Heatstroke occurs when normal body mechanisms cannot keep the body's temperature
in a safe range. Animals don't have efficient cooling systems (like humans who
sweat) and get overheated easily. A dog with moderate heatstroke (body
temperature from 104º to 106ºF) can recover within an hour if given prompt first
aid. Severe heatstroke (body temperature over 106ºF) can be deadly and immediate
veterinary assistance is needed.
A dog suffering from heatstroke will display several signs: a bright red
tongue, red or pale gums; thick, sticky saliva; rapid panting; weakness,
dizziness, vomiting, diarrhea, and shock.
What You Should Do
For severe heatstroke, transport your dog to the veterinarian immediately. If
you are more than five minutes from the veterinary hospital and your dog is
conscious, lower his temperature to at least 106ºF before going to the hospital.
Use a hose, shower, or tub full of cold water to wet down your dog. Keep him
watered down with cool water until his temperature drops. Check their
temperature every ten minutes and stop the cooling process once his temperature
For moderate heatstroke, water down your dog and move him into a cool
environment. Give him a children's rehydration fluid or water.
What Your Veterinarian Will Do
Your veterinarian will lower your dog's body temperature to a safe range (if
you haven't already) and continually monitor his temperature. Your dog will be
given fluids, monitored for shock, respiratory distress, kidney failure, and
Dogs with moderate heatstroke often recover without complicating health
problems. Severe heatstroke can cause organ damage that might need ongoing care
such as a special diet prescribed by your veterinarian. Dogs who suffer from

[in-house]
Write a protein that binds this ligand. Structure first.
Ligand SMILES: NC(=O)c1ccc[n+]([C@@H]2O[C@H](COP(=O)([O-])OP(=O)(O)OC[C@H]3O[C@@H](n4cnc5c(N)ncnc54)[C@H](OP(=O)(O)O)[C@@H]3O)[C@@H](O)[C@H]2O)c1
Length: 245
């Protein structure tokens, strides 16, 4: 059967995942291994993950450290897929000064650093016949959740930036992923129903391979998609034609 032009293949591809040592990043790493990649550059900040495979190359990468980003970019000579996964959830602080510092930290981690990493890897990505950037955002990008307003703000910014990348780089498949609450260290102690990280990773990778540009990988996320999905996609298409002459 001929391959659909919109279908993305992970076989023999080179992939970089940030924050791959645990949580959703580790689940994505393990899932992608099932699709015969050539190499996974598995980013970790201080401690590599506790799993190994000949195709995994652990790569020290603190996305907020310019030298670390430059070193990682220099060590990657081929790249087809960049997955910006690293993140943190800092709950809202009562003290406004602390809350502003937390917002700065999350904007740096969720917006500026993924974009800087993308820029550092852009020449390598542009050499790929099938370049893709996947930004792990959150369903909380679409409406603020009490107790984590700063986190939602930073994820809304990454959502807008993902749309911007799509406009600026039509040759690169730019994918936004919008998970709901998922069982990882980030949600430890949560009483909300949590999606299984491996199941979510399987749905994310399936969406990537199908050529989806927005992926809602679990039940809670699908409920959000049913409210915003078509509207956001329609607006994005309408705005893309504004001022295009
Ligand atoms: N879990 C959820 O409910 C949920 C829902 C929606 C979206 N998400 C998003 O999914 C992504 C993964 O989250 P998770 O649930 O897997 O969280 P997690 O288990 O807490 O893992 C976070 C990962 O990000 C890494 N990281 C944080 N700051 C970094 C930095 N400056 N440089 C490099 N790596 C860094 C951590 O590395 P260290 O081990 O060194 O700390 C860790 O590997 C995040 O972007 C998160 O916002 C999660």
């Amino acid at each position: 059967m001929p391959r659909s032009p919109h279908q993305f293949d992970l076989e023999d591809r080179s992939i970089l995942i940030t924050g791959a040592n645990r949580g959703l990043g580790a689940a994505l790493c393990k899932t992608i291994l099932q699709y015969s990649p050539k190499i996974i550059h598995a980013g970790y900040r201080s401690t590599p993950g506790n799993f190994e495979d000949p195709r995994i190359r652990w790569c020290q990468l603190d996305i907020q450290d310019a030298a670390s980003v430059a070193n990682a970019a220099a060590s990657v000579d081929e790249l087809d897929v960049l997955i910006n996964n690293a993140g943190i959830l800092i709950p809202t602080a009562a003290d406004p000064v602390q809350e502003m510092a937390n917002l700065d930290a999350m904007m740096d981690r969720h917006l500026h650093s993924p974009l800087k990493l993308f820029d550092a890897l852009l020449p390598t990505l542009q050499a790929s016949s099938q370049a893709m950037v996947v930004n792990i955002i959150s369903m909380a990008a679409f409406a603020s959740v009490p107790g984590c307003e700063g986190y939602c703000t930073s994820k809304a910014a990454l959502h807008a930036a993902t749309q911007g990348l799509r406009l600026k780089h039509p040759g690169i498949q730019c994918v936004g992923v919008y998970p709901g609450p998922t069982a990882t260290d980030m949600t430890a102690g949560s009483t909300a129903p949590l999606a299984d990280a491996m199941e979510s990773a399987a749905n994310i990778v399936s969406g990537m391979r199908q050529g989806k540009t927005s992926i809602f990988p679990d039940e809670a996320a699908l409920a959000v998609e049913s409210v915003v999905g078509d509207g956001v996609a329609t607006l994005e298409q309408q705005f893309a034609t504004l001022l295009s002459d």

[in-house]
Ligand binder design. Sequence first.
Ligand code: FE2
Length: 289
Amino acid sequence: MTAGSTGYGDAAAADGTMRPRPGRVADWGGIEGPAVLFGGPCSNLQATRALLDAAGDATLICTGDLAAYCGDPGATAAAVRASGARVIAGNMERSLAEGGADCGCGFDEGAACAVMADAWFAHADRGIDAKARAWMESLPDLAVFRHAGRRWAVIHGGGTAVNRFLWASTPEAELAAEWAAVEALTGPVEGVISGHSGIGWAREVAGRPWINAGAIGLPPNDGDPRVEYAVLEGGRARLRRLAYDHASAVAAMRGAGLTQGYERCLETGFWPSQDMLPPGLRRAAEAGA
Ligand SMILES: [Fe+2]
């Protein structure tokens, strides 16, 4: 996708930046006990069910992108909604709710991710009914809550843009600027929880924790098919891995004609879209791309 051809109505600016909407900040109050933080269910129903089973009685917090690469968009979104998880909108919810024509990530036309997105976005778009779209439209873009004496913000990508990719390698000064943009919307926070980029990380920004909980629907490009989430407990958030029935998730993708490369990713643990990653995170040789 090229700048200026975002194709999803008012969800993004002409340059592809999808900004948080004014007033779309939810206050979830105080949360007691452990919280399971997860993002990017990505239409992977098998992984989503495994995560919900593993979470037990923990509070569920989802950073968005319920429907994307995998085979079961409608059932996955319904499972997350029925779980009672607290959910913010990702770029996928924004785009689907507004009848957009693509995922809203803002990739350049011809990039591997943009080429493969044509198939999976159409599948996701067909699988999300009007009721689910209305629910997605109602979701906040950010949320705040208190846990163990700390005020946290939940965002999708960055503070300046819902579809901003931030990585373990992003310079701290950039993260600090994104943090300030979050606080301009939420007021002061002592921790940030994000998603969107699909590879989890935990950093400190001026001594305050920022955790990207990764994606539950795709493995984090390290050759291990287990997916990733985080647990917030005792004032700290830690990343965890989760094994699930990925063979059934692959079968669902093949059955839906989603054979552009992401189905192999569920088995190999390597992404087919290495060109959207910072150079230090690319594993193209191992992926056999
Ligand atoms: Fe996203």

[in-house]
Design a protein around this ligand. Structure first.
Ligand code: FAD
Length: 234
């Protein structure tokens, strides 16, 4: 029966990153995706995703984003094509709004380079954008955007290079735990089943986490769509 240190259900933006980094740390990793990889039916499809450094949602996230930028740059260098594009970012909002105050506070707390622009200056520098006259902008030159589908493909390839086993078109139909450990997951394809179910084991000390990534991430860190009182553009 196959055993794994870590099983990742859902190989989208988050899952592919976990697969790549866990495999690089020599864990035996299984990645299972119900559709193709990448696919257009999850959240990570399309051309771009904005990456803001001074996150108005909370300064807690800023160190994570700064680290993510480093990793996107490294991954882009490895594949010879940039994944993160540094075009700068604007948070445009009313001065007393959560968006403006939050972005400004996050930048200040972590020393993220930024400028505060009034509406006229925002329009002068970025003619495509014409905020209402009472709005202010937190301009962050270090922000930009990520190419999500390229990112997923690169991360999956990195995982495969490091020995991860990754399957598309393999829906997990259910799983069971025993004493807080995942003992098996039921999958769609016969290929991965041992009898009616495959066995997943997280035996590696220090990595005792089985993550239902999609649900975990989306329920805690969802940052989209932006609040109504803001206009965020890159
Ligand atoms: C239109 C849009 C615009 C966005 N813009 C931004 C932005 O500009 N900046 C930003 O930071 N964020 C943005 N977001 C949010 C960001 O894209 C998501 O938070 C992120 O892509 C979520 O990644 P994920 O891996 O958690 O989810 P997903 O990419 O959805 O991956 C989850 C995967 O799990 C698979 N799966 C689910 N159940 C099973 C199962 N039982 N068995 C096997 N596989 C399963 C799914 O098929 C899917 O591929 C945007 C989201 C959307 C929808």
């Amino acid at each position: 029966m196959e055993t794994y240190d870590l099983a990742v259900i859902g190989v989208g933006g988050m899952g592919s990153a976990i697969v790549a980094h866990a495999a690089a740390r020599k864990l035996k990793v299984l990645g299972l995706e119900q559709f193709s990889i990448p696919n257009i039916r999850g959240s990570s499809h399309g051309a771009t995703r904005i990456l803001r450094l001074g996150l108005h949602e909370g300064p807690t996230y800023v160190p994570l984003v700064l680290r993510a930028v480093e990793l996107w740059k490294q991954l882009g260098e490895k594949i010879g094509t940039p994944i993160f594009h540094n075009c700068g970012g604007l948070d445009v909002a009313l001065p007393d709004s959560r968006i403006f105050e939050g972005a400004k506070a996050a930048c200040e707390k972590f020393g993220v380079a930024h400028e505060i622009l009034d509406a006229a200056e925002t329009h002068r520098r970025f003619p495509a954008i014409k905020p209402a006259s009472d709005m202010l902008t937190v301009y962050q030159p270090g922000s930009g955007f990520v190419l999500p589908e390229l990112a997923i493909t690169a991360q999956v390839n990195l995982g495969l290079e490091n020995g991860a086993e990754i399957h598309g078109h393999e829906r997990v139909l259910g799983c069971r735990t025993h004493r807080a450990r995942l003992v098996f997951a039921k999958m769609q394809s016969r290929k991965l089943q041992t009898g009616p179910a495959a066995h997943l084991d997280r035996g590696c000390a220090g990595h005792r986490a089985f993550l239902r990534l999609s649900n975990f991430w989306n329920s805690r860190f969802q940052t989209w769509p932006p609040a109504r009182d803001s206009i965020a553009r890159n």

heatstroke once increase their risk for getting it again and steps must be taken
to prevent it on hot, humid days: Do not leave your pet in the car, muzzle him,
confine him without shade, or confine him to concrete or asphalt surfaces.
Restrict exercise, provide constant access to water, and keep pets with
breathing problems indoors.
© 2001 Drs. Foster & Smith, Inc.
Reprinted as a courtesy and with permission from PetEducation.com
On-line store at
Free pet supply catalog: 1-800-323-4208
Additional Info from Chief's Brittanys
Hot weather hunting with your dog, such
as dove hunting, requires some planning. All too often we rush through our
mental checklist that simply reads, “Don’t forget Missy (the dog)”. It’s very
easy for a dog to get too hot and suffer from heat stroke so here are a few
We recommend a minimum of the following prevention steps:
Several gallons of cold water kept in a large ice chest filled with ice.
A large dog watering bowl with ‘anti-tip’ sides kept full of water from
the ice chest available to your dog at all times.
Offer Ice Cubes (for your dog to chew/eat) frequently.
Shade! Do not confine the dog to a plastic crate or dog box, especially
in the sun.
Dog snacks (try this: roll some raw hamburger into meatballs, make
holes in the meatballs with your finger, add dollops of honey in the holes,
close holes, place on wax paper, freeze. This makes for an ice cold and tasty
If a medium or longhaired dog, a very close hair cut.
First Aid kit for dogs and First Aid treatment manual for dogs.
Keep the back half of your dogs’ head and entire neck soaking wet with
cool water after each exercise session (hunting, each retrieve).
If you’ve got access to a lot of water, wet the ground where your dog is
lying down as in dove hunting. Your dog will sprawl out and cool it’s belly if
you do this.
If there is a nearby pond/tank, take frequent breaks and allow your dog
to go for a swim.
If you have a cell phone, program the local emergency veterinarian phone
number for where you are hunting into it. If no cell phone, write down the
numbers and place in your wallet.
When it comes to your dogs health, remember this: When in doubt, get to the
Here's a couple great books to have:
Click for the Dog Owner's Home Veterinary Handbook.
Start with this
book when beginning a dog book library! This book has it all and is a
wonderful reference book!
Click for the Field Guide: Dog First Aid Emergency Care for the Hunting, Working
and Outdoor Dog
on stapling and gluing wounds, releasing dogs caught in traps, examining your
dog, and updated material throughout. Other problems in the field, such as
snakebites, poisoning, choking, gunshot wounds, cuts,
eye and ear problems, broken bones, and more are covered in detail.
Your purchase of a book through these links helps
us stay on the web. Thank you!
Hope this bit of info helped you out. Give your dog a biscuit for me!
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